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Nicotinic Regulation of Adrenomedullary Opioid Peptide Synthesis and Secretion: A Model to Study Monoamine Neuropeptide Cotransmission

  • O. Humberto Viveros
  • Christopher D. Unsworth
  • Tomoyuki Kanamatsu
  • Jau-Shyong Hong
  • Emanuel J. DilibertoJr.
Part of the Advances in Behavioral Biology book series (ABBI, volume 31)

Abstract

The adrenal medulla chromaffin cell synthesizes and stores in various subcellular compartments a number of proteins, peptides, nucleotides, and other small molecules to be secreted by Ca2+-dependent, nicotine receptor-mediated mechanism(s). Of these proteins and peptides, the enkephalins and other proenkephalin-derived opioid peptides are found in all species examined in substantial amounts, where they are costored with the catecholamines in the chromaffin vesicles. Splanchnic nerve stimulation, nicotine, and other secretagogues induce the cosecretion of these opioid peptides with the amines and other soluble components of these vesicles by the process of exocytosis. Regulatory mechanisms triggered by activation of nicotinic receptors, depolarization, and catecholamine depletion that involve cAMP-dependent and -independent mechanisms control the synthesis of enkephalins at the transcriptional, translational, and peptide processing levels. These mechanisms allow for rapid recovery of the opioid peptide content after secretion and for long-term modulation of the relative proportions and amounts in which catecholamines and enkephalins are costored and cosecreted. Opioid peptides secreted from the adrenal medulla reach ubiquitous opiate receptors throughout the organism and may modulate a number of important systemic functions including behavioral responses to stress. Enkephalins and norepinephrine also coexist in postganglionic sympathetic neurons, and some of the effects of nicotine administration may result from peripheral opiatergic responses through its powerful activation of the sympathetic system. The costorage and cosecretion of opioid peptides and catecholamines is only one of a growing number of examples of coexistence of multiple chemical messengers in single neurons or endocrine cells. This new principle of cotransmission is drastically changing our concepts and understanding of synaptic and endocrine function. Fast and slow dynamic changes in the ratios in which cotransmitters are stored and released and, thus, coact at the effector sites illustrate an unsuspected degree of synaptic plasticity. The exploration of the short-and long-term effects of chronic use of tobacco needs to take into consideration not only the effect of nicotine on classical transmitters but particularly how the biochemistry and function of these central and peripheral cotransmitter systems are being modified.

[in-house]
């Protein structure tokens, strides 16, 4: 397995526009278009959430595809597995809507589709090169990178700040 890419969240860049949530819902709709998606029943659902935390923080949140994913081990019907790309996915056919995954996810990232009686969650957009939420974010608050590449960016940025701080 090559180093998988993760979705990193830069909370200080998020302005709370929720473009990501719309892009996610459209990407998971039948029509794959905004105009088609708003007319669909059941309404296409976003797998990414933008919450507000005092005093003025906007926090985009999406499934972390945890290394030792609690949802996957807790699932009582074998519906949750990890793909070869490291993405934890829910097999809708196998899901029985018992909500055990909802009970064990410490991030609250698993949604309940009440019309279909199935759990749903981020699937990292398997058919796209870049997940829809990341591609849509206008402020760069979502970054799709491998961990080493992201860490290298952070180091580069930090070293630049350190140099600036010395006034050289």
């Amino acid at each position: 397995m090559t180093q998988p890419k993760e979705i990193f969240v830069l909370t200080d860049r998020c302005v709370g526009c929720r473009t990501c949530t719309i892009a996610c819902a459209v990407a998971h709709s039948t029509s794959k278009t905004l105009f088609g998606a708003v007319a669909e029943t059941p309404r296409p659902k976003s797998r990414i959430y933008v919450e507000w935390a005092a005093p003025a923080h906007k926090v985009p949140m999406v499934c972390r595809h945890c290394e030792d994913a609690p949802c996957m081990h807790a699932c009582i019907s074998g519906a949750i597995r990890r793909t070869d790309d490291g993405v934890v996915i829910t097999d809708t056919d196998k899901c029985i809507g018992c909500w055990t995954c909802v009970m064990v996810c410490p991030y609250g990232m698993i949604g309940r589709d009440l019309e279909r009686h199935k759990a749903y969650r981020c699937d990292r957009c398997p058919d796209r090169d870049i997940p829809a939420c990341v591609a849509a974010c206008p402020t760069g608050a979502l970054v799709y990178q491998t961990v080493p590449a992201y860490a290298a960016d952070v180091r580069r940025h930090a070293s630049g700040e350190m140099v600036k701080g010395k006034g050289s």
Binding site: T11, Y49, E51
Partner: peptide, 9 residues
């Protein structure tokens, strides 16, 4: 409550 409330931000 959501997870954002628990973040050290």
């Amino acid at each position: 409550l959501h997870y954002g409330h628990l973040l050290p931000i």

Keywords

Chromaffin Cell Nicotinic Receptor Adrenal Medulla Opioid Peptide Adrenal Chromaffin Cell 
These keywords were added by machine and not by the authors. This process is experimental and the keywords may be updated as the learning algorithm improves.

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Copyright information

© Plenum Press, New York 1987

Authors and Affiliations

  • O. Humberto Viveros
    • 1
  • Christopher D. Unsworth
    • 1
  • Tomoyuki Kanamatsu
    • 2
  • Jau-Shyong Hong
    • 1
  • Emanuel J. DilibertoJr.
    • 1
  1. 1.Department of Medicinal BiochemistryThe Wellcome Research LaboratoriesResearch Triangle ParkUSA
  2. 2.Laboratory of Behavioral and Neurological ToxicologyNational Institute of Environmental Health SciencesResearch Triangle ParkUSA

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